Sailing the New York Harbour - Sea TV

Sailing the New York Harbour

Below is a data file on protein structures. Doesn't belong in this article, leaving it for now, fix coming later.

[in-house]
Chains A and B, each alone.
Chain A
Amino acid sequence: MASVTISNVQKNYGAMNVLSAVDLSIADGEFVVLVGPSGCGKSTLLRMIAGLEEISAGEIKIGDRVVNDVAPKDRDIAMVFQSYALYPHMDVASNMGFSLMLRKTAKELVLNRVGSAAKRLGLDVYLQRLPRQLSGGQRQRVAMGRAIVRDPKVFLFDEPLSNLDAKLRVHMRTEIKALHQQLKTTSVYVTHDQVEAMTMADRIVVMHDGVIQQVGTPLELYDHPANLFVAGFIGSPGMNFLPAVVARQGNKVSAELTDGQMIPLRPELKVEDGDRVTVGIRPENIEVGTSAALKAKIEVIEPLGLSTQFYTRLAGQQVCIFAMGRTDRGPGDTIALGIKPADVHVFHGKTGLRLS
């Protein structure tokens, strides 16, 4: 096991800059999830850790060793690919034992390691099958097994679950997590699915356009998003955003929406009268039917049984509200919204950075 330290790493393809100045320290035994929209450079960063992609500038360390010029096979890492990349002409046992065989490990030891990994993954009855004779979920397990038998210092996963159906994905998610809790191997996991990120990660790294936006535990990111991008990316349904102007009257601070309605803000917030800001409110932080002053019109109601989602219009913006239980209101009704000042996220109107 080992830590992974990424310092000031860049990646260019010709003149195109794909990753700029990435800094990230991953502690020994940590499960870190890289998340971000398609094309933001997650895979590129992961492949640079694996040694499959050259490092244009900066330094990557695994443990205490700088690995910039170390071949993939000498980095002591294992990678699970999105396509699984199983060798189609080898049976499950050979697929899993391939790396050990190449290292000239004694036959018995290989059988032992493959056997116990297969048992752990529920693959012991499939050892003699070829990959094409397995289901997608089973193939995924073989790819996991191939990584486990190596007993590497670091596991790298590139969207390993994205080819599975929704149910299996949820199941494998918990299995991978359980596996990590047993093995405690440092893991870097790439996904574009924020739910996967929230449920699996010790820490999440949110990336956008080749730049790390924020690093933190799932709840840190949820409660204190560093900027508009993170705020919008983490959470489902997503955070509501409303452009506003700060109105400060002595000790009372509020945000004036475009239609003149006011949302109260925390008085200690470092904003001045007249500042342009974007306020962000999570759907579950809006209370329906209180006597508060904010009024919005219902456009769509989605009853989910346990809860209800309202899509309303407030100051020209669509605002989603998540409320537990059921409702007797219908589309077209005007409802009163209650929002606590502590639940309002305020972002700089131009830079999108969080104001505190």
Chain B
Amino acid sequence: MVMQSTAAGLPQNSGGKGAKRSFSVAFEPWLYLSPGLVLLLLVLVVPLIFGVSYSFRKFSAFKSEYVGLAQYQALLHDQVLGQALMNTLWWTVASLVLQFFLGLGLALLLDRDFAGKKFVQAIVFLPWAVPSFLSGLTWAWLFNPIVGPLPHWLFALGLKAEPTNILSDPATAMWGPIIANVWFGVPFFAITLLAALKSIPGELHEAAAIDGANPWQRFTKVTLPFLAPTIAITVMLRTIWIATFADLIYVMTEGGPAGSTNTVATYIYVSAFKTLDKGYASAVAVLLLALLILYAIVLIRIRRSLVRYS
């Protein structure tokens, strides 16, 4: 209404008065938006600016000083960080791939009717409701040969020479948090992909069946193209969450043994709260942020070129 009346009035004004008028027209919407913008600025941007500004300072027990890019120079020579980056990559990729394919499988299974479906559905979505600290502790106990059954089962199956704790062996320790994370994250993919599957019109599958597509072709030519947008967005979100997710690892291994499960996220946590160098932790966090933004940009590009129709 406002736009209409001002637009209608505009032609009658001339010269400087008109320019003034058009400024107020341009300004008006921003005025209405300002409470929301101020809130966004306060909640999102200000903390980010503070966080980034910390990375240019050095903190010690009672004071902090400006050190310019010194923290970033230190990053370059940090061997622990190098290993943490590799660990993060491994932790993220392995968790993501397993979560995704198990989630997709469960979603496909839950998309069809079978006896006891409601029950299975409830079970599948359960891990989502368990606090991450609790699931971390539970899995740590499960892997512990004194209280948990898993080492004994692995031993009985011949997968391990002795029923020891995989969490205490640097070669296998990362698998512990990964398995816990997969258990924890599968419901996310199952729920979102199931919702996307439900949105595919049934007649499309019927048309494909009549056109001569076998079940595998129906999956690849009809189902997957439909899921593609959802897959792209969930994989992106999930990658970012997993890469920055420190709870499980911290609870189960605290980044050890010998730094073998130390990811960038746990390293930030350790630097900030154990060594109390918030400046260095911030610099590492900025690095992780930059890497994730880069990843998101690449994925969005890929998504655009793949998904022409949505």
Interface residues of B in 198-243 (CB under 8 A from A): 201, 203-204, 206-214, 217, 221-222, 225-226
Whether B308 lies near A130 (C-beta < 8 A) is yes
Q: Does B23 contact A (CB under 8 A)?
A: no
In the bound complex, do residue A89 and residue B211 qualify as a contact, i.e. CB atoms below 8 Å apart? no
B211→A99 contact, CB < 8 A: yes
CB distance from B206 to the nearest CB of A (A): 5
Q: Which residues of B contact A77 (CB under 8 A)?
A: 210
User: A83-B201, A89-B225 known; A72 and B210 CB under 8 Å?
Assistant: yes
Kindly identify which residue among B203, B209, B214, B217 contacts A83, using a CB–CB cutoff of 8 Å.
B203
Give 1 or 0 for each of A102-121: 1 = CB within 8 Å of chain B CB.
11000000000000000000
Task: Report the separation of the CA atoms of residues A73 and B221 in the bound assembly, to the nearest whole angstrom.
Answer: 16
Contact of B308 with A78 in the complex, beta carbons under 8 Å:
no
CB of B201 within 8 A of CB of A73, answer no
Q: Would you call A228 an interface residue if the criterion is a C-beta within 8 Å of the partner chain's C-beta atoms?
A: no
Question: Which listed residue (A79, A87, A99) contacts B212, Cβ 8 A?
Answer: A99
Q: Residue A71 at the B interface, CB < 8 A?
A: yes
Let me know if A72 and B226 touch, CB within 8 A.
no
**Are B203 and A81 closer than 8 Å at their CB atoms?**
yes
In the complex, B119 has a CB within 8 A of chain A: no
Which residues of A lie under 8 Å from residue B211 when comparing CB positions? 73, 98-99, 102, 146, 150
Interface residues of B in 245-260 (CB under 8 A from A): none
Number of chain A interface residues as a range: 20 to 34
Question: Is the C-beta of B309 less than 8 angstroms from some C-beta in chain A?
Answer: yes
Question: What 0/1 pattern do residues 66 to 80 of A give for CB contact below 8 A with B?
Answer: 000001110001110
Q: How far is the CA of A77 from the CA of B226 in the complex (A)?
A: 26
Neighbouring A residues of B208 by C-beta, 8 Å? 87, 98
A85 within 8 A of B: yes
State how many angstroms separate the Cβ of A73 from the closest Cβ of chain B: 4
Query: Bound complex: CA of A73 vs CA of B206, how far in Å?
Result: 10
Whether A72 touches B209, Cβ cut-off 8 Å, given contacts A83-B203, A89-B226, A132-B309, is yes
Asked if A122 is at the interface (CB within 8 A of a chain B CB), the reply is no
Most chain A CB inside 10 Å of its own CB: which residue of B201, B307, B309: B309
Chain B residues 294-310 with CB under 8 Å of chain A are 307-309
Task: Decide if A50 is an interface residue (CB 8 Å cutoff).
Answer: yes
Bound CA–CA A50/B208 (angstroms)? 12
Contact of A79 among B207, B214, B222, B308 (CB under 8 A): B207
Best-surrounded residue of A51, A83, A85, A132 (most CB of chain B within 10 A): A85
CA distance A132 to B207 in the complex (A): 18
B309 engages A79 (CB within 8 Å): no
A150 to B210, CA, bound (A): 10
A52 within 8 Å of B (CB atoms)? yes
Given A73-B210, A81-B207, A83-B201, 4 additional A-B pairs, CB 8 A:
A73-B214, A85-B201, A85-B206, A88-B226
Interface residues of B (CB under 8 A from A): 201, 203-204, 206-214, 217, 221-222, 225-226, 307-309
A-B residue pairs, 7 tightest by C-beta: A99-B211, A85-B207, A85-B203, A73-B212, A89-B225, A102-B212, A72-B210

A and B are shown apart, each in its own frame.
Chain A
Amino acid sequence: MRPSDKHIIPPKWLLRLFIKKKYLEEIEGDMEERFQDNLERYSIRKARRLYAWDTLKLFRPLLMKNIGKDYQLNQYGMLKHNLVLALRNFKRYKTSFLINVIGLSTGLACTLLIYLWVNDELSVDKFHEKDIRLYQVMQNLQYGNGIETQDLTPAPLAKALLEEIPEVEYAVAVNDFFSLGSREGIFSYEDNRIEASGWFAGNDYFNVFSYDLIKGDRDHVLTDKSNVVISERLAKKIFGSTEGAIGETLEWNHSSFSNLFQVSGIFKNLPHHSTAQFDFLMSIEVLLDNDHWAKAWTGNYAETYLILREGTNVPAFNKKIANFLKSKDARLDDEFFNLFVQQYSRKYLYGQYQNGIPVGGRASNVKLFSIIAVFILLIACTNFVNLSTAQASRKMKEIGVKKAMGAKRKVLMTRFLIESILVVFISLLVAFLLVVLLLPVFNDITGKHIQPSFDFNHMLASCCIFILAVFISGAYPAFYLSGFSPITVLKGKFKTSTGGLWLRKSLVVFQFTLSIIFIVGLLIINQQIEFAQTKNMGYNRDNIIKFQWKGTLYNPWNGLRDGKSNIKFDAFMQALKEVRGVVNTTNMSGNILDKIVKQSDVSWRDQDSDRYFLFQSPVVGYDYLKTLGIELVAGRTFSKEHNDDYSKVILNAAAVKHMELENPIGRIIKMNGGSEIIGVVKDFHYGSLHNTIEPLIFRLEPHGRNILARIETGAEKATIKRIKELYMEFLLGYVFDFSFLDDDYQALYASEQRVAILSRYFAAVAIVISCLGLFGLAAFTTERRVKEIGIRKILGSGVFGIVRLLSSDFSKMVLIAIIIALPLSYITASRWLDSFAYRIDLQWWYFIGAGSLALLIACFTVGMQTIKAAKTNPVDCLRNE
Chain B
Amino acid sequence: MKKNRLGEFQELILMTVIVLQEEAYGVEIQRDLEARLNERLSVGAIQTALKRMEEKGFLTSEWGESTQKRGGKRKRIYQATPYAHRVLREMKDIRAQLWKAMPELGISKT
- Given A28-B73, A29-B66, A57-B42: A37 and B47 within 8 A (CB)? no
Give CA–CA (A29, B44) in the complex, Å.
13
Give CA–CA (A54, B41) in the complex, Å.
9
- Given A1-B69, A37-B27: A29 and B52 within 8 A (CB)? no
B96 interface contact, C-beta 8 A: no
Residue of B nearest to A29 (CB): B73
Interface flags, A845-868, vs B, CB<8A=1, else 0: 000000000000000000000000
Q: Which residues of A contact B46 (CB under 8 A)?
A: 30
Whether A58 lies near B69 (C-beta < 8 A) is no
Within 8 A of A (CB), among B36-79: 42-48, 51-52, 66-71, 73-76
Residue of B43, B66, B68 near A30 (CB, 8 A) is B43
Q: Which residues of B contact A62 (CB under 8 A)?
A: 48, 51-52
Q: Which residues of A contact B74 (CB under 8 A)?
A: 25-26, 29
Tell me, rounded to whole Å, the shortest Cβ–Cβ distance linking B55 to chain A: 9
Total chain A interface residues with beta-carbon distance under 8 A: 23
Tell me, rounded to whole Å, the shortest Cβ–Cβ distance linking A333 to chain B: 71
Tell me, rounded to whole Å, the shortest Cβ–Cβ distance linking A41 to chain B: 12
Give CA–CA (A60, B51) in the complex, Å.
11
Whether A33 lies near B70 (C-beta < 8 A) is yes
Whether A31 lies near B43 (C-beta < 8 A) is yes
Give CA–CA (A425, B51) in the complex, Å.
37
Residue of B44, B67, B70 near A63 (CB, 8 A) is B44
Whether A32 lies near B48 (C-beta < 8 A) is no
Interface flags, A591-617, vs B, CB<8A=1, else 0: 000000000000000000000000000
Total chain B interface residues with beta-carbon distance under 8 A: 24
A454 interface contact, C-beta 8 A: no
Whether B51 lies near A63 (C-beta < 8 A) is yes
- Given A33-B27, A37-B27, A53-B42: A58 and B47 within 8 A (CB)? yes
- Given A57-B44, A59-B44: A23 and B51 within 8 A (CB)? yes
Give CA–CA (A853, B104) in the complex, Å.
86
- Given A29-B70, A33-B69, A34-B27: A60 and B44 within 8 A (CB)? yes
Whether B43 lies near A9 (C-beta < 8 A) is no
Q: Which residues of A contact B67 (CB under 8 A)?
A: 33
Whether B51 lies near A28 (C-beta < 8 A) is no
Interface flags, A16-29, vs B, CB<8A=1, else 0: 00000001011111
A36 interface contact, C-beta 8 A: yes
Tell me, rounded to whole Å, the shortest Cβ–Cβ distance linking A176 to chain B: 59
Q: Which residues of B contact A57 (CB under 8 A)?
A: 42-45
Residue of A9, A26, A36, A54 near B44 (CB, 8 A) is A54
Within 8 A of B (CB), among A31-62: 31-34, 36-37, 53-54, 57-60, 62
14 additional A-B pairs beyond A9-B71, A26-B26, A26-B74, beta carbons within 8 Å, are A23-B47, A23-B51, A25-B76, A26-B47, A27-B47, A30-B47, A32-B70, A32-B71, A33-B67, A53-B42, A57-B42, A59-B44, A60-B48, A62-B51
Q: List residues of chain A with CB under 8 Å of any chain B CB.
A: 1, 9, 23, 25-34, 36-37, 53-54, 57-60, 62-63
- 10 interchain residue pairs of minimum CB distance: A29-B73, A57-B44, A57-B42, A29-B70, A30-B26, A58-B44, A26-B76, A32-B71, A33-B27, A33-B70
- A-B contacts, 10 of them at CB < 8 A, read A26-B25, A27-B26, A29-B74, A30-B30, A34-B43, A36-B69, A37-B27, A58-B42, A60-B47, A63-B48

Entering the NY Harbor from the Ocean: In order to find the currents information refer to Eldridge – Tide and Current book of the present year or use one of the tides & current websites recommended below. The reference point is The Narrows, NY Harbor – which is located at under the bridge – mid-channel (40°36.56’N 72°02.77’W) Ideally getting under the Verrazano should be timed for the time where the flood starts (south to north). The flood typically runs for approximately 6 hours with velocities ranging from 1.4 – 2.3 knots (depending on moon cycle). The maximum flood is 2 hours and 25 minutes after the flood starts. If you happened to miss the flood window you will just have to take into account being pushed back the ebb (north to south). Ebbs (velocities are ranging from 1.7 – 2.5 knots and the maximum ebb is 3 hours and 15 minutes after the ebb starts. If that happens to try to steer your boat as much as west as possible (remember – maximum current will be in the middle) where the current is relatively weaker. On the east side, the current is relatively stronger as it is affected with both the Hudson River current and the East River Current. Sailing by Liberty and Elis Islands: Identify white floating marks around both islands that are designating the security zone around these islands. Avoid getting between these marks and the islands as if you do – you’ll get a police boat approaching you in just a few minutes 😉 Do not attempt going west of Liberty Island (behind the statue) as this area is restricted as well as contains unexpected shallows. Same for Elis Island (that also has a bridge running between the Island and Liberty State Park which is pretty short). Please note that the area south of Liberty Island is rocky and in low tide, depth is getting extremely shallow (between 30cm – 2.5m/ 1-7.5 feet). If you wish to navigate west of the Statue of Liberty in order to get a spectacular view of the harbour to enter a well-marked channel with red and green buoys (remember: Red Right Return! Meaning on your way west you’d like to keep red buoys to your starboard and green buoys to your port). The first buoy is a nun red buoy 2, marked in Navionics as “National Dock Channel Buoy 2” (40°41.155’N, 74°2.657’W). The channel runs south of Liberty Island and narrows as it gets more west and closer to Liberty State Park. If you follow the buoys all the way in your will end up at a well-protected cove where you can anchor overnight. Make sure to check your depth before anchoring – in general – the northern part is deeper (3-4.5m/9-14 feet) than the southern part (rocks awash – 1.25m/4.9 feet). (See Navionics screenshots).

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